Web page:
Scannable technology is becoming more and more common in schools. It is free and easy to use; as well as a new method of interacting with content. It has certainly influenced my everyday teaching practice.
It can be used in a variety of ways, and below I detail some of my favourites which have had a real impact on both communication and learning.
1) QR Codes
What are they?
QR codes are like the barcodes you get in the supermarket – but smarter. Simply visit qrstuff.com and type in the website you wish to link the code to. Next, simply download it, share it electronically or print it! When the students scan the code, using an app on their mobile devices (hundreds are available on all platforms), they will be taken directly to the website.
How could I use them educationally?
QR codes are really useful in lessons. They save pupils a lot of time: instead of having to type in a long URL, they can just scan and immediately access the resources. You can link to YouTube clips, plain text, images – the internet’s your oyster.
They have certainly motivated my class in lessons. I have made treasure hunts in which I hid the codes around the classroom. The children had to find them, scan them and then answer the question that popped up. Motivated learners.
Other ideas for lessons include:
- On a worksheet, the answers could be linked to a QR code. Pupils could self-assess by scanning for the answers after completing the task.
- Students could stick a QR code inside a book they have read and then link it to a book review they have done. When others come to choose a book, the review their friend made could be scanned.
- Orienteering: the QR code gives a clue to where the next one is.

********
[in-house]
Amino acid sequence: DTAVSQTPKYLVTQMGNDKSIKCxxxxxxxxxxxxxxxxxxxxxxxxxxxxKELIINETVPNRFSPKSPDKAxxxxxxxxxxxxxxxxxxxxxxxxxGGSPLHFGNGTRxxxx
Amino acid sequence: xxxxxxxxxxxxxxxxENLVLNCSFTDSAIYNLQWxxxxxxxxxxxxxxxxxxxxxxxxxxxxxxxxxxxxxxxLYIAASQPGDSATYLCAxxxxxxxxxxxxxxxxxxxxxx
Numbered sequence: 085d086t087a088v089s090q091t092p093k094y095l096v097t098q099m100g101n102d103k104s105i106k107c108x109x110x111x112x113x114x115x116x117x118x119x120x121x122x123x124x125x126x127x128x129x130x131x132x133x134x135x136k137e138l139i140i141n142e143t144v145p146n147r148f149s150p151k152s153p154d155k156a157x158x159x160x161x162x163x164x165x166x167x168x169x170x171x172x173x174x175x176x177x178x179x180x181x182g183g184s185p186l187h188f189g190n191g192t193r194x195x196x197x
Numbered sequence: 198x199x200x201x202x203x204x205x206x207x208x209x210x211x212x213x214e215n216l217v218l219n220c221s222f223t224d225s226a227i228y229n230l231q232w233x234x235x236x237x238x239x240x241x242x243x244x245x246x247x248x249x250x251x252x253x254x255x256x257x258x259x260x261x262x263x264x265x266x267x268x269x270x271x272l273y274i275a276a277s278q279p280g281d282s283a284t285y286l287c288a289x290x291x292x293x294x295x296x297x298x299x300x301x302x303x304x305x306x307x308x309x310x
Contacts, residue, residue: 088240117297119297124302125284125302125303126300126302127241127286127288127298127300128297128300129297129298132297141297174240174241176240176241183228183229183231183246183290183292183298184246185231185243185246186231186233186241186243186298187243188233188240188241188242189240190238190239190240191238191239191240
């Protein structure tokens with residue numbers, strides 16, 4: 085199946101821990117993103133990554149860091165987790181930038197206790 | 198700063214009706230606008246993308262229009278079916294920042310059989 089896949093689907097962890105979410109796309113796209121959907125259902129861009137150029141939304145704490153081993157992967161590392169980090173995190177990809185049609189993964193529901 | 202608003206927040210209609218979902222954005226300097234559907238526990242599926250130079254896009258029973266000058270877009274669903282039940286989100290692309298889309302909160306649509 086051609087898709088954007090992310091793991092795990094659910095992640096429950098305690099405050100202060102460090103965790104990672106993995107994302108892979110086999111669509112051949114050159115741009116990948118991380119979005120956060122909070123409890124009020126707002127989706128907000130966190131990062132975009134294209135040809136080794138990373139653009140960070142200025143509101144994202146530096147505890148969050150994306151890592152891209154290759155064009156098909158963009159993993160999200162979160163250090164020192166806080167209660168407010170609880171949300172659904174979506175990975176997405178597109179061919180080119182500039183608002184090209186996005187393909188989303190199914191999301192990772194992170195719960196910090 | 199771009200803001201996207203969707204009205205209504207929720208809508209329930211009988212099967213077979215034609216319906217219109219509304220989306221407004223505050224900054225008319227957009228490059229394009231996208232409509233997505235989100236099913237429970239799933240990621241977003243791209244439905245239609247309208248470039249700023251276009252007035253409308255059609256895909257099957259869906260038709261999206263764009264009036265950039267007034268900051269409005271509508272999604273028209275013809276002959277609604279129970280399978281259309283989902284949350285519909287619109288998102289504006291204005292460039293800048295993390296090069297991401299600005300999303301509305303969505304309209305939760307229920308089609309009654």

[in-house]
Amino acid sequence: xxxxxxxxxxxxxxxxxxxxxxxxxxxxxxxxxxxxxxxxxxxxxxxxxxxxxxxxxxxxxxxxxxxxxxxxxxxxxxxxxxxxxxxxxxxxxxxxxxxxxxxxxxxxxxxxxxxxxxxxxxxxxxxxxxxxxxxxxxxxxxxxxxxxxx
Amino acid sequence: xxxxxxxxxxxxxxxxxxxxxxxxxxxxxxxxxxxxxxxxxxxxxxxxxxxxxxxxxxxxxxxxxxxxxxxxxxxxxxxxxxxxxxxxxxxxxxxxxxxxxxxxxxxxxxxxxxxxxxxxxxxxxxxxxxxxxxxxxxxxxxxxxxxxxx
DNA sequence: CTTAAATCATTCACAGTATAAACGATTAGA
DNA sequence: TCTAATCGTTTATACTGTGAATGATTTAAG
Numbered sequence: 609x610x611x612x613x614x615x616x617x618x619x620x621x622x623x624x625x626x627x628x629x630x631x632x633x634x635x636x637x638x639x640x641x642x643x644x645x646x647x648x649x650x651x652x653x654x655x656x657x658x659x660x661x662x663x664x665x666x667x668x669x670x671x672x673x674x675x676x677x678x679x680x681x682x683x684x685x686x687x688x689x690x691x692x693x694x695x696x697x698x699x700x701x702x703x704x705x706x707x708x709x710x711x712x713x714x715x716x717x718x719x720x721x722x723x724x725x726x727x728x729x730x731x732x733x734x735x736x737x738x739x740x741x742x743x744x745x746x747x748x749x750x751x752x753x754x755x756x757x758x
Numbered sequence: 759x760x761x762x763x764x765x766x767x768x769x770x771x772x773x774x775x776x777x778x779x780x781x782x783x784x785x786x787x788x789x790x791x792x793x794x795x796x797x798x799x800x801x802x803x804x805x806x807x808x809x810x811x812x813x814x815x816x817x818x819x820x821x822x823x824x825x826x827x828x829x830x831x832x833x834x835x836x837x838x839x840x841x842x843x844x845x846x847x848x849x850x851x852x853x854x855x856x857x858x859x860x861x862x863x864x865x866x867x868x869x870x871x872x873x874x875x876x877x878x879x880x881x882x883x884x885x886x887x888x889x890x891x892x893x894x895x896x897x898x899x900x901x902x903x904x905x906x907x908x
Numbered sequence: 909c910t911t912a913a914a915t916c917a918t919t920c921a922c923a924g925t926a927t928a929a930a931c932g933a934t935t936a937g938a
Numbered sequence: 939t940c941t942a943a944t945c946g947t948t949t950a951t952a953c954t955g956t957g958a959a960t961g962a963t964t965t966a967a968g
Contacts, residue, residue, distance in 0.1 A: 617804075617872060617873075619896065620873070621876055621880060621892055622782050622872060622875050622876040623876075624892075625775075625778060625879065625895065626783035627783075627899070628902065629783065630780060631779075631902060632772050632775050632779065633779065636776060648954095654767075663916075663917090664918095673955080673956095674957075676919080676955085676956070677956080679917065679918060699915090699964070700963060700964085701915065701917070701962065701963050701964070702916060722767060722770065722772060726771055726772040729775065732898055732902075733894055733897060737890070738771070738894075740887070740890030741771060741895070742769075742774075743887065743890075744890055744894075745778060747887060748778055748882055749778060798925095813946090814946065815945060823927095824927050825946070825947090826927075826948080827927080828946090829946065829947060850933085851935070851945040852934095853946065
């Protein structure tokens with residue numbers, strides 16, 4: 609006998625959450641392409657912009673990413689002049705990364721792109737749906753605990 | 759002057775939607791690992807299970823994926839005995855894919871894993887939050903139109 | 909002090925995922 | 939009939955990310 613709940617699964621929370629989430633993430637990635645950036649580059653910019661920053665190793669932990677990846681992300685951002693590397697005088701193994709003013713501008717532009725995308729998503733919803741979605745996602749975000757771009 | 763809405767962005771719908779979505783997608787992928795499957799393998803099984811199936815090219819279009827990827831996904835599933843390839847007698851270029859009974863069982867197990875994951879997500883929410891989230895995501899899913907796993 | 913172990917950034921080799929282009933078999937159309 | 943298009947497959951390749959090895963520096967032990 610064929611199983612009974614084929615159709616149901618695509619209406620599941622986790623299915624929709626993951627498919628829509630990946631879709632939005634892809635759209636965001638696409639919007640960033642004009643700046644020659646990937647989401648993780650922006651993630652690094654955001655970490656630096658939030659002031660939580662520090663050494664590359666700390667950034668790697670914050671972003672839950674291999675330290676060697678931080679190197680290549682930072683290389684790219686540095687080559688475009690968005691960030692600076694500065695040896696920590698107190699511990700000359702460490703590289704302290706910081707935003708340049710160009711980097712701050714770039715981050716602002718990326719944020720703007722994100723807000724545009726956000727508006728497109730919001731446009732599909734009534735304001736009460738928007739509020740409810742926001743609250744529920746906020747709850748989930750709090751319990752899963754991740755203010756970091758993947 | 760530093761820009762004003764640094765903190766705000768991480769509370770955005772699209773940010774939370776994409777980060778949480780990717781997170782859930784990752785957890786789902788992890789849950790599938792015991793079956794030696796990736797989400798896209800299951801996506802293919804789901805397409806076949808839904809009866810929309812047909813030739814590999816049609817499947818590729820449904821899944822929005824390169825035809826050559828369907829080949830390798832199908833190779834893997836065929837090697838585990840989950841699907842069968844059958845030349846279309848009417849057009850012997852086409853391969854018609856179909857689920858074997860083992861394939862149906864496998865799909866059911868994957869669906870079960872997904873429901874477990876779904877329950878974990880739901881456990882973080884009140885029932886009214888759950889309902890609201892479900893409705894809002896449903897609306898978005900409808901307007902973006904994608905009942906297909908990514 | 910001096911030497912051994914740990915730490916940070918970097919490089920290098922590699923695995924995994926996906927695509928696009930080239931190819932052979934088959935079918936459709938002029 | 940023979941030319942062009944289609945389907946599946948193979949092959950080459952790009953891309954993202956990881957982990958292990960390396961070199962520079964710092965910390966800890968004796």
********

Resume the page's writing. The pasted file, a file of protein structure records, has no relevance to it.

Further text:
Why not reach out to the school community with QR codes? Share information and school messages by displaying QR codes on the school website, social media and flyers/letters. A good example would be a letter about headlice including a code which takes parents directly to a YouTube tutorial on how to get rid of them.
Another example would be sharing student successes. Simply link a QR code to a picture of some amazing pieces of work and attach to the school newsletter. And it doesn’t only have to be pictures; how about videos of assemblies or drama work?
What is it?
Plickers is simply genius. You only need one mobile device for it to work! First, print a class set of ‘smart cards’ (see the image below), next download the app, and you’re all set to go.
Input a question and 4 answers (A, B, C, D) into the app. Then ask your class to hold up their cards, with their choice being at the top i.e. the card below would be for the answer ‘B’.
Finally, scan the class, and the app instantly converts the smartcards into answers, telling you who was correct and who wasn’t. The perfect, mini-assessment tool!
What ways could I use it in lessons?
- Starters: excellent for assessing prior knowledge.
- Mini-plenaries: find out who needs that extra support or who requires extending.
- Choices: survey the class on activity ideas or which book they want to read next.
- True or false activities: just make ‘A’ true and ‘B’ false.
- Ask fast-finishers to make their own Plickers quiz.
What is it?
Aurasma is an augmented reality app. In short, it allows you to attach a digital overlay (text, image or a video) to a specific object. So if you scanned a plant, you could get the name and information about the plant, to pop up on screen.
How could I use it in my teaching practice?
Create truly interactive displays. In English, my class have been studying discursive writing. The topic we have focused on has been zoos and whether they should be banned or not. The children made ‘selfie’ video recordings, arguing their points. They then created a picture which was associated with their arguments i.e. a cage. After, they used Aurasma to connect their drawings with their videos and I stapled the drawings on the display board. When the images were scanned, using the Aurasma app, the video of the argument instantly played on-screen.
Another way to use Aurasma is to label things. In a maths lesson on 3D shape, I asked my students to find the properties, write them down and then attach using Aurasma. At the end of the lesson, the class could scan the shapes and the properties appeared as a useful overlay.
Have a go at these excellent tech tools. They make life easier for teachers and certainly engage learners.
Neil Jarrett is a Year 6 teacher at an international school in Bangkok. He tweets at @EdtechNeil and his blog is EdTech4Beginners